Court Nominee Kavanaugh Is Victim of `MeToo' Fervor, Conway Says

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UNITED NATIONS - President Donald Trump on Monday defended his US Supreme Court nominee Brett Kavanaugh after a second woman came forward with an allegation of sexual misconduct against the judge that has further complicated his confirmation prospects in the Senate.

In a statement provided by the White House, Mr Kavanaugh said the event "did not happen" and that the allegation was "a smear, plain and simple". Trump's first nominee, Judge Gorsuch, was confirmed by the Senate on April 7, 2017.

Brett Kavanaugh said Monday that he's the victim of attempts at "character assassination" but said he won't be intimidated into withdrawing his nomination to sit on the Supreme Court.

Senate Majority Leader Mitch McConnell (R-Ky.) speaks on Friday at the Values Voter Summit in Washington. "In my opinion, it's totally political", he said. Countless people from every phase of Brett Kavanaugh's life have testified that he is a good man of the highest character and integrity.

Both Kavanaugh and Ford are expected to testify at the hearing, with Ford going first.

Avenatti is better known as the combative, anti-Trump lawyer representing Stormy Daniels, who made her name as an actor and producer of pornographic films.

On Kavanaugh, Trump stressed: "I am with him all the way".

Ramirez's allegations follow allegations from Palo Alto University professor Christine Blasey Ford, who said Kavanaugh assaulted her at a high school party in the early 1980s.

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In a story posted Sunday night on its website, The New Yorker reports that the claim dates to the 1983-84 academic year, Kavanaugh's freshman year at Yale University. This story centers on Deborah Ramirez, who has come forward (or was pushed to come forward) with a claim that while she and Kavanaugh were both students at Yale, they were both at a drunken dorm party where Kavanaugh allegedly exposed himself to her. Spokesman Taylor Foy said the panel is looking into it.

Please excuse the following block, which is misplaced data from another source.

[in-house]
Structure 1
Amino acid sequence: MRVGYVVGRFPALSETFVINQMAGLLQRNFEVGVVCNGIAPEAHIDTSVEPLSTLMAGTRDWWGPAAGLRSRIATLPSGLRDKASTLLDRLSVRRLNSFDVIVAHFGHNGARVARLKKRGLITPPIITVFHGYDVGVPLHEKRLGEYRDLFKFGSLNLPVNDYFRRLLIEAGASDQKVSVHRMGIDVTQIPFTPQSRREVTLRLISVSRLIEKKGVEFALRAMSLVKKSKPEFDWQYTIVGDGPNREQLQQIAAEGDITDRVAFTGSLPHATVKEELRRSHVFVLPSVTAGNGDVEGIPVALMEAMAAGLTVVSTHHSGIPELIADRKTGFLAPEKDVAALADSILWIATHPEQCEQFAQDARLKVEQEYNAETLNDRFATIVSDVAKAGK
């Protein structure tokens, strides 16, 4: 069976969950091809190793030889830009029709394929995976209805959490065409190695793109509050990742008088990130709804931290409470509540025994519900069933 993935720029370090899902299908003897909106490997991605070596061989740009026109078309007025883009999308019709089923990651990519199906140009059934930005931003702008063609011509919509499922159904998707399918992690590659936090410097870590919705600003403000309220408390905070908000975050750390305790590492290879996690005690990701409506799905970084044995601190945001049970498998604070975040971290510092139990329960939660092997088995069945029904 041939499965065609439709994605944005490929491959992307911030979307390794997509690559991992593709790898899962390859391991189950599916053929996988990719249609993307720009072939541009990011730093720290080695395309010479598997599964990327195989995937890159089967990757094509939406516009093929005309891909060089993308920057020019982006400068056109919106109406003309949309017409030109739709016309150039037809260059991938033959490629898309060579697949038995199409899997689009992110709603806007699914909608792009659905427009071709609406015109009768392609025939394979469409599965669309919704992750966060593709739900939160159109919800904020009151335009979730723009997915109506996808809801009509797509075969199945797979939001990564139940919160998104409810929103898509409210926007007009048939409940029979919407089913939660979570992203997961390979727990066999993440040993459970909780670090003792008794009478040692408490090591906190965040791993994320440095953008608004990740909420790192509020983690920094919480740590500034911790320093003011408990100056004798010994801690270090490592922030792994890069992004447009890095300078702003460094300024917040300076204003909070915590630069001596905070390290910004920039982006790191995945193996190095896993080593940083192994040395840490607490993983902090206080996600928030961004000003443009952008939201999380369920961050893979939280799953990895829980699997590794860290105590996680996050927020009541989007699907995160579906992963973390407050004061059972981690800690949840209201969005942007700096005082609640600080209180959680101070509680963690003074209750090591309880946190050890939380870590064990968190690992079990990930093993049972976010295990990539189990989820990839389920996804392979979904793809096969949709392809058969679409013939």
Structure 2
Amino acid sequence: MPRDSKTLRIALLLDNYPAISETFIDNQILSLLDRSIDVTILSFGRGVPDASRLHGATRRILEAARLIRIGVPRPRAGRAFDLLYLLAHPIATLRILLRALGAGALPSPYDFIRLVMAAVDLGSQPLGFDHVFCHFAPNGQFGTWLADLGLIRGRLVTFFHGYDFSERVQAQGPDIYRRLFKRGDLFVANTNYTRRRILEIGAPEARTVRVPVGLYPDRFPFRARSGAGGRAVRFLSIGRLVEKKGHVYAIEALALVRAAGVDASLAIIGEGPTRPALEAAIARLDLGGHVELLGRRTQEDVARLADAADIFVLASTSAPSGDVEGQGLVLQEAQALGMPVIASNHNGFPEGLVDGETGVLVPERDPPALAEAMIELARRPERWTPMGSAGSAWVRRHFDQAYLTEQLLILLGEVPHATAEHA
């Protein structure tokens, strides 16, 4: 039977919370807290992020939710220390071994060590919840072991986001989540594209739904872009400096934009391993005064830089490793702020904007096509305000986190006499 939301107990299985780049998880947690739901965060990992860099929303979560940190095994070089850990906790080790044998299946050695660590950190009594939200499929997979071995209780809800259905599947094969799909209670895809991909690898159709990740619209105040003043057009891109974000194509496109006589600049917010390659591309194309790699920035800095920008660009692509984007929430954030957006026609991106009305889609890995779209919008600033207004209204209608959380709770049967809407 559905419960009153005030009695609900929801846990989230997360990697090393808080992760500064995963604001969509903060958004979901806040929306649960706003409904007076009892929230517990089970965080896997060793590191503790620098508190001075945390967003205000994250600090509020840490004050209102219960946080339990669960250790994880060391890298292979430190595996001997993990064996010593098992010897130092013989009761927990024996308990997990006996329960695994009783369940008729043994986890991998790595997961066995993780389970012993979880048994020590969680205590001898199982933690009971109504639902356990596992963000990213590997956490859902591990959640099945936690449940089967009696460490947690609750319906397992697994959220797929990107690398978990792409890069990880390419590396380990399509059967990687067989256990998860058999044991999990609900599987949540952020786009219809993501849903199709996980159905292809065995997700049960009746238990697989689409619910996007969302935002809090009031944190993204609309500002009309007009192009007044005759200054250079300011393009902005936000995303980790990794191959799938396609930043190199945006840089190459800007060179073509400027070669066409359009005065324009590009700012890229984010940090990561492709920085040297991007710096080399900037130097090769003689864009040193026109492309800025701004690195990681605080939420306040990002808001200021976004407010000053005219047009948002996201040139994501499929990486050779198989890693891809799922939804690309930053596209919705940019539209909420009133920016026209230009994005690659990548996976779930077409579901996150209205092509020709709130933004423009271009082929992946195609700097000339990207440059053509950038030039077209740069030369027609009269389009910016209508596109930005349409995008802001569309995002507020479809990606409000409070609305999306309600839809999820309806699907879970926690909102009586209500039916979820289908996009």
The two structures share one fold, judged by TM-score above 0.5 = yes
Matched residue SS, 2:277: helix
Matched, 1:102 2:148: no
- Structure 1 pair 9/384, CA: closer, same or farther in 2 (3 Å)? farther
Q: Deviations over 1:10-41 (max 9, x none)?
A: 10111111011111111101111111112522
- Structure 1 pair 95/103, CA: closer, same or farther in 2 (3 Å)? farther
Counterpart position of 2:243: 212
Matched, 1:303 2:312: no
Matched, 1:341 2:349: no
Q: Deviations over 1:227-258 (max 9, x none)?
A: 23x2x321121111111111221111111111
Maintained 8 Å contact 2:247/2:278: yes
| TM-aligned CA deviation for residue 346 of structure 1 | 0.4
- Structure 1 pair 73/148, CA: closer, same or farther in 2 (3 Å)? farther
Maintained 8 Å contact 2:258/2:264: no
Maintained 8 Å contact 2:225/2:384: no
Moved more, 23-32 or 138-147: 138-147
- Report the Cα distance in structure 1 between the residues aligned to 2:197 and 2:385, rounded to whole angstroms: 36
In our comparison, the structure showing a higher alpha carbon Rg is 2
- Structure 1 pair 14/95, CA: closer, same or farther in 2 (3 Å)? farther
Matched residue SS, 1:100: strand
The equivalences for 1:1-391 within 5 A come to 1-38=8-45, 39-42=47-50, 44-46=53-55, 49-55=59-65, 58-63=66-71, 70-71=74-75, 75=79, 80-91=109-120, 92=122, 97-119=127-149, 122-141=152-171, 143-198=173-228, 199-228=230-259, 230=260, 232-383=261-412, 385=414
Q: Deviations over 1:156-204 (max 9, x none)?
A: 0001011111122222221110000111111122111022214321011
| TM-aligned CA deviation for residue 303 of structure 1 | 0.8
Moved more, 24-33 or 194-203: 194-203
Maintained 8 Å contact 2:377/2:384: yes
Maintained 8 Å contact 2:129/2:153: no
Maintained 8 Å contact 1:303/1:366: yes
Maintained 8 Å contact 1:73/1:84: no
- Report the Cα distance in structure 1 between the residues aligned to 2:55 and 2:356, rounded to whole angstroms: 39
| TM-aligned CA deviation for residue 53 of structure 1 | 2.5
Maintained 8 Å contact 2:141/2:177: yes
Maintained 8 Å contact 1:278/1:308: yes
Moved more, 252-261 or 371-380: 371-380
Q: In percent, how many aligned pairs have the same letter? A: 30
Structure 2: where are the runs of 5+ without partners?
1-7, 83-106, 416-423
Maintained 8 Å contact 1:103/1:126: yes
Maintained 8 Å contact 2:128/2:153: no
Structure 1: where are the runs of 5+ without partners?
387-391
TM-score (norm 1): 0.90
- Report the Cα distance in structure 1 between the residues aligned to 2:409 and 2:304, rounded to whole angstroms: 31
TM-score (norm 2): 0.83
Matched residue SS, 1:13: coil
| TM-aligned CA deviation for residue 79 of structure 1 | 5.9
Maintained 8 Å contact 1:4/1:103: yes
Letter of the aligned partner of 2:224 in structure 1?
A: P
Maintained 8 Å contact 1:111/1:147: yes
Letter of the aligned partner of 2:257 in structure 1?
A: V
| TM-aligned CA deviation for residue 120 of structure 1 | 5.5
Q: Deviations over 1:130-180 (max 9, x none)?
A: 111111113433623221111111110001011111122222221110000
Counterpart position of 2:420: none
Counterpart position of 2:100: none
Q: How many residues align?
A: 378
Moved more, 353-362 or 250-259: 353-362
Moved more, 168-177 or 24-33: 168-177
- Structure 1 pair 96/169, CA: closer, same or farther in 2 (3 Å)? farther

Four Democratic senators have received information about the allegation through a civil rights lawyer, and at least two have begun investigating it, according to the report.

As he builds a case for his innocence, Kavanaugh plans to turn over to the committee calendars from the summer of 1982 that don't show a party consistent with Ford's description of the gathering in which she says he attacked her, The New York Times reported Sunday. However, after "assessing her memories and consulting with her attorney", she was certain enough in her recollections of the alleged incident to come forward.

The paper also claims Ramirez herself contacted former Yale classmates to ask if they recalled the incident and told some of them that she could not be certain it was Kavanaugh.

She made several requests, some of which were accommodated - a Thursday hearing, three days later than originally scheduled, and a smaller hearing room with less press access to avoid a media circus, for example.

The potentially explosive hearing, against a backdrop of the #MeToo movement fighting sexual harassment and assault, comes just weeks before November 6 congressional elections in which Democrats are trying to take control of Congress from Trump's fellow Republicans.

Ford has agreed to testify before the Senate Judiciary Committee, and has asked that the FBI investigate her claim, and yet, Republican Senators have casted doubt on her account, stating they will advance Kavanaugh's nomination proceedings regardless of her allegations.

A handful of senators in both parties remain undecided on Kavanaugh's nomination. Defections among Republicans would likely block his path to the Supreme Court. She said the White House "stands firmly behind Judge Kavanaugh". The people who knew me then know that this did not happen, and have said so.

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